For Altria, Too Soon to Celebrate?
By Nanette Byrnes
Moments after the Illinois Supreme Court released its verdict in favor of Philip Morris on the morning of Dec. 15, the stock of parent company Altria (MO ) began to trade wildly. Within two minutes it had gained $4.42 and hit $78.15 a share, an all-time high. The news that Altria wouldn't have to come up with $10 billion in punitive and compensatory damages was, of course, welcome in and of itself to investors. But they're really betting that this will clear the way for the company to pursue a breakup in 2006.
Such a split of its tobacco from its Kraft food operations, Wall Street estimates, could result in a valuation of roughly $90 a share. Altria's management has firmly committed to such a plan, most recently in a November speech to investors by CEO Louis C. Camilleri.
With $11 to $12 a share of value still on the table, investors can't be totally blamed for hopping into the shares with such glee. But before joining in, there are a few reasons to be a bit more cautious.
Most of the analysts covering Altria are betting that the split up will occur in 2006. If that were to happen, and $90 is the right number, they would be looking at a 15% return. But the Illinois case is far from the only major litigation the cigarette maker is staring down.
The Justice Dept.'s RICO case against the major tobacco companies is currently being decided by Judge Gladys Kessler, and a loss could cost the defendants $14 billion. With half the U.S. market, Philip Morris would be facing a big bill.
The other big worry is Florida's Engle class action. Again, Philip Morris is one of several defendants facing an even bigger judgment of $145 billion in punitive damages. Though oral arguments were heard in November, 2004, no decision has yet been rendered. In addition, the plaintiffs in Illinois could also appeal the case to the Supreme Court.
Altria's board is unwilling to move forward on dividing the company if major lawsuits remain outstanding. But the wheels of justice grind slowly, and as Altria waits for a resolution in Florida and Washington, D.C., new lawsuits are being brought on a regular basis (61 were filed in 2005 alone). Some feel the most worrisome of these is the Schwab case, which involves light cigarettes. It's being heard by a New York judge with a track record unfavorable to the industry.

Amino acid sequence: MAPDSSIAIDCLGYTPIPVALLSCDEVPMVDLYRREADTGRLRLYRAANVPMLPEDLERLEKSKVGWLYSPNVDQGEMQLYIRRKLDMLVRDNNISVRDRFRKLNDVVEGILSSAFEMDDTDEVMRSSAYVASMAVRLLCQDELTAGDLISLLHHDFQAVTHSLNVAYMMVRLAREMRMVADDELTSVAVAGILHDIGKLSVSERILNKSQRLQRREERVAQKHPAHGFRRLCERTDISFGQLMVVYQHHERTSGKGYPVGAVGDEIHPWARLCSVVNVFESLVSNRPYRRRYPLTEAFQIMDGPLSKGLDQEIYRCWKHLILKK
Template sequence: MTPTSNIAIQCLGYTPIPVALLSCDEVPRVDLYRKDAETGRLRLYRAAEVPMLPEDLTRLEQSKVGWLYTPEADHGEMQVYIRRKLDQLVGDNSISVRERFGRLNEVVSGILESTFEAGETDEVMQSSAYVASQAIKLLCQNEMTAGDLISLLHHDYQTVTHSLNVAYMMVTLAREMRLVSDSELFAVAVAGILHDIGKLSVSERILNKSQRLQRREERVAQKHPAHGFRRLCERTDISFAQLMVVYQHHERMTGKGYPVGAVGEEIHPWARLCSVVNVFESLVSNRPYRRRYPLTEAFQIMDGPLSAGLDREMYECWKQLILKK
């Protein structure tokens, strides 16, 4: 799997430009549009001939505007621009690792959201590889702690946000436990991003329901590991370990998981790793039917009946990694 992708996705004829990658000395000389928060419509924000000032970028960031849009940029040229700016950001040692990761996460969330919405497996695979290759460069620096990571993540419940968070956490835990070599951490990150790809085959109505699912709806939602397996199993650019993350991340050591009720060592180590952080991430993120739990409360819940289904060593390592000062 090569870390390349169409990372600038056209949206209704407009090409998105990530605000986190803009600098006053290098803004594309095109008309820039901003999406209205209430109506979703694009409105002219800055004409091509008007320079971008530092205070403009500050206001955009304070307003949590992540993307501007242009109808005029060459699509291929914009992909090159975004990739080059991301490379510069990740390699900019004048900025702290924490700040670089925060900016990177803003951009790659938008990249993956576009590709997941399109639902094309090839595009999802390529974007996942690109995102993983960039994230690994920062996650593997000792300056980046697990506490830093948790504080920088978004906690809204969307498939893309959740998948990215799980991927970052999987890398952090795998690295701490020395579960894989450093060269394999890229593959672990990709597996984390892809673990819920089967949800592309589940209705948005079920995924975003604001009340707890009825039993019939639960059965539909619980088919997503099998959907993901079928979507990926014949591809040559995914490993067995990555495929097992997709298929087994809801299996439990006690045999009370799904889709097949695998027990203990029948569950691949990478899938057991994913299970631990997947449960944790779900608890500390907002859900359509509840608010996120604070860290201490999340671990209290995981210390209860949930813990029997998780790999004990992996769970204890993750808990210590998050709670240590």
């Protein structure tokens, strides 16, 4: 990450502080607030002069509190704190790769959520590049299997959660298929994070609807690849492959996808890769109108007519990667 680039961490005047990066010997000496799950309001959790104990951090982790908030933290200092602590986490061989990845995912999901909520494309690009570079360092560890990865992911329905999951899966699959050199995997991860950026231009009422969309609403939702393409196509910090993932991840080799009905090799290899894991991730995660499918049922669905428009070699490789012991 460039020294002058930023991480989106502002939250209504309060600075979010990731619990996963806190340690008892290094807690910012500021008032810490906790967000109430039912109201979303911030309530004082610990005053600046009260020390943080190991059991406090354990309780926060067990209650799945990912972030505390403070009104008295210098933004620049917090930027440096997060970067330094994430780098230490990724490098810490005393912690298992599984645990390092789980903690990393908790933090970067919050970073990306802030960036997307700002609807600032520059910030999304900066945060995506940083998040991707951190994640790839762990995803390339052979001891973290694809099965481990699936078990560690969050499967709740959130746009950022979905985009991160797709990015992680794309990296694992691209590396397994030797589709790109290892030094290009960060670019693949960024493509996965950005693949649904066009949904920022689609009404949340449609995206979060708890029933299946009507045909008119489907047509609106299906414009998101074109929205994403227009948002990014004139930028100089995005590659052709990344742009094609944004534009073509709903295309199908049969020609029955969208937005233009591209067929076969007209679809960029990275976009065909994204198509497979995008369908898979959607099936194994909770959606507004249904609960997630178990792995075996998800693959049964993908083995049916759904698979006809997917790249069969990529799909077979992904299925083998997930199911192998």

The fact that this case might delay a breakup until late 2007 or even 2008 was enough to cause Goldman Sachs analyst Judy E. Hong to downgrade the stock on Nov. 16 from outperform to in line with the market. Hong expected Altria to win in Illinois, but she argues that even beyond victories in these most-watched cases, it has more to worry about in the courts.
Altria executives have been arguing of late that their litigation risk is sharply lower. In his November address Camilleri said Philip Morris USA's case count had declined significantly, as had the number of cases going to trial. The total number dismissed this year, he said, is 135.
ONLY ONE WIN.
Yet all it takes is one bad loss to turn the current celebration somber. Don Yachtman bought heavily into the stock in 1999 for Yachtman Asset Mgmt. after the initial loss in the Engle case sent shares down into the $20s. But he has sold most of that position in the rise since, and he says declarations of victory are premature.
The Illinois case "was a long shot anyway," says Yachtman. "I wouldn't overread it. In the kind of litigation environment we have in this country, I wouldn't say anyone is out of the woods forever." In its most recent annual report, Altria reported on 70 different pending lawsuits, most of them tobacco-related.
Without a breakup in the near term, it's hard to see how a stock that has climbed 27% over the past 12 months could make much of a move from here. Putnam Investments got into the shares in 2003 and has enjoyed the ride up, but Managing Director Bartlett Geer says Putnam isn't adding to its position either. Though an $11 or $12 upside would be respectable in the current market, Geer sees better opportunities elsewhere. "It's not like you're getting the good news at the old price," says Geer. "You're getting the good news at the new price."
Byrnes is a senior writer for BusinessWeek in New York